This honestly gets into something that I really want to talk about which is how terrifying competition is. I had not competed prior to that tournament in twenty years or whatever. I was warming up and just thinking to myself “I could be at home right now, my ego would not be on the line, I don’t need to be here right now – what am I doing?”
Haha yeah, I’ve definitely had that thought process.
Allen Bolen: I could be home pretending that I’m awesome and be totally comfortable in that bubble. Instead I went back out there and entered into the possibility of just getting smashed and having my ego get bruised, and realize I suck.
So with you having said that, what made you want to try competing again?
Allen Bolen: I want to achieve and I want to measure. I don’t think anything else is as accurate in identifying where you are at. Competition measures you. Rolls at the gym don’t matter because you never know when someone is working on something or just taking it easy.
Oh yeah for sure. You never know when someone is not giving you their A-game until that roll where they decide to really turn it on.
Allen Bolen: So yeah, I’ve always been drawn to measuring myself and what I can do when it actually counts. And you know – bowhunting, we can talk about bow hunting too. Bowhunting is all about measurement. It’s about goals and achieving goals and for me it’s about breaking records. It means a lot to me. So when I compete I am scared to death because of how much it means.
I think a lot of people that don’t train have a hard time picturing it. I’ve talked about this with some guys at my gym and in other interviews that this really is such an abnormal hobby. Guys get really invested and the horse blinders kind of come on.
Objectively you have a bunch of guys and gal’s that work their normal day job and then 3-5 days a week they show up to a padded room in a strip mall and choke Bob from accounting out in his special pyjamas.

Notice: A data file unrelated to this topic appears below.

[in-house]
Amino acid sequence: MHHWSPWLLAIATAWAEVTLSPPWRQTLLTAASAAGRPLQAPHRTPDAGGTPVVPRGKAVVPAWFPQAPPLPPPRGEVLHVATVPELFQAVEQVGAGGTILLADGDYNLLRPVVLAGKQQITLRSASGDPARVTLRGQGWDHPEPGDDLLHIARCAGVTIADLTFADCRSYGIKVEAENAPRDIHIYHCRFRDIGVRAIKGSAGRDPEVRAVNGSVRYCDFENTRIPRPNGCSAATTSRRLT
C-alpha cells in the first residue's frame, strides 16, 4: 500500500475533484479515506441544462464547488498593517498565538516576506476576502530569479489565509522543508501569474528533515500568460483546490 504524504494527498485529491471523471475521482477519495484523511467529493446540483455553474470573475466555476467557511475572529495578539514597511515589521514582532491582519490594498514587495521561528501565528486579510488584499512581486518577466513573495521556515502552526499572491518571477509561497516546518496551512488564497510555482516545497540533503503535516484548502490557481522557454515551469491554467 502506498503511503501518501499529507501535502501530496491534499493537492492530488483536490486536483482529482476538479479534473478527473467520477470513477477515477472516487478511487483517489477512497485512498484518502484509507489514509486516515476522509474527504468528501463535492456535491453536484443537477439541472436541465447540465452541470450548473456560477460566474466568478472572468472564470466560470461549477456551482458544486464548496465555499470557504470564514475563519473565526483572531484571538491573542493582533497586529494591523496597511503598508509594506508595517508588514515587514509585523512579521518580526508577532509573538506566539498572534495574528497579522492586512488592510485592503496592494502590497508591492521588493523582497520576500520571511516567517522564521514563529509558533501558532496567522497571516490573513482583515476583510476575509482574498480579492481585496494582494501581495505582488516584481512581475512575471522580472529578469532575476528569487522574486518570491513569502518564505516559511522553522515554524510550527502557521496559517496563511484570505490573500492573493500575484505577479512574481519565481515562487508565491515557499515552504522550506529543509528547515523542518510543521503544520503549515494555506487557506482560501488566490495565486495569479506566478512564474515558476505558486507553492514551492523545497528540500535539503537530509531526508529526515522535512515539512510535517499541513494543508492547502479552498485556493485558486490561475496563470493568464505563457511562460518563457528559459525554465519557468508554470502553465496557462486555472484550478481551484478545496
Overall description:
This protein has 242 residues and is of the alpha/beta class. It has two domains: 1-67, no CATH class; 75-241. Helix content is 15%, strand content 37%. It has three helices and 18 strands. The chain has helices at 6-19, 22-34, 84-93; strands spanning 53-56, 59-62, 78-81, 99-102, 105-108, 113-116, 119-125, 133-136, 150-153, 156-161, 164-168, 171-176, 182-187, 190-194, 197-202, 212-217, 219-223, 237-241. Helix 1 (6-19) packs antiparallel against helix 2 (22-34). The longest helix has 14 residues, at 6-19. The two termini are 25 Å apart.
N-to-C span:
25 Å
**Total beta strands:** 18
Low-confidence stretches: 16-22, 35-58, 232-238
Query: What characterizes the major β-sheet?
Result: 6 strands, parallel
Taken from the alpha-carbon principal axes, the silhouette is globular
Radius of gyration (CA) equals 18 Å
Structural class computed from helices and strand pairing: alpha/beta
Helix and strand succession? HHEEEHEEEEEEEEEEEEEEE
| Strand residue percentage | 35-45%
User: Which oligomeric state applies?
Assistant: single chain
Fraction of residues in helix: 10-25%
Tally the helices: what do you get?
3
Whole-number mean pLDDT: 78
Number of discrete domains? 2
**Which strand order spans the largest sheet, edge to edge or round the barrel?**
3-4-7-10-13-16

Then, when class or a tournament doesn’t go your way you are just replaying it over and over in your head on the drive home. No music, driving the speed limit, just replaying how you had shitty grips and still went for that armbar.
What results specifically do you measure in bowhunting? What are your goals there?
Allen Bolen: Mainly to kill big record book animals. They are the oldest and wisest critter in the woods, also the most rare due to the age-class required to get really big. I guess right now one of the things I’m most stoked about is that I have more top 5 bow-killed record book animals than any other person.
Oh wow that’s crazy. I didn’t know that.
Allen Bolen: Yeah – I’ve worked extremely hard on it. I pass up a lot of shooting opportunities that most other people would totally try to capitalize on. I come home empty handed a lot. Well over half the time. I do that because I am very methodical with my approach. For me it’s more about hunting than killing. I don’t need to kill something every time I go hunting.
I’m the same way with Jiu-Jitsu. I just try to hold a really high standard with whatever I do. In everything, there are these “purists” that point at “competition” and say it’s ruining the sport, or that they do it for some higher cause than “competition”. Or in bowhunting they say “it’s about harvesting clean meat, and it shouldn’t be about shooting big animals’. I mean, don’t get me wrong, I eat everything I kill, but I’m not going to lie and say that’s the only reason I do it. It’s easier and cheaper to grab a ribeye at Costco. But I’m a little suspicious of people that say they don’t try to take home bigger antlers, because I know how hard it is to actually accomplish. I know how hard it is to break a record, just like I know how hard it is to go out and win major tournaments. Maybe it’s easier to say that you’re not into that?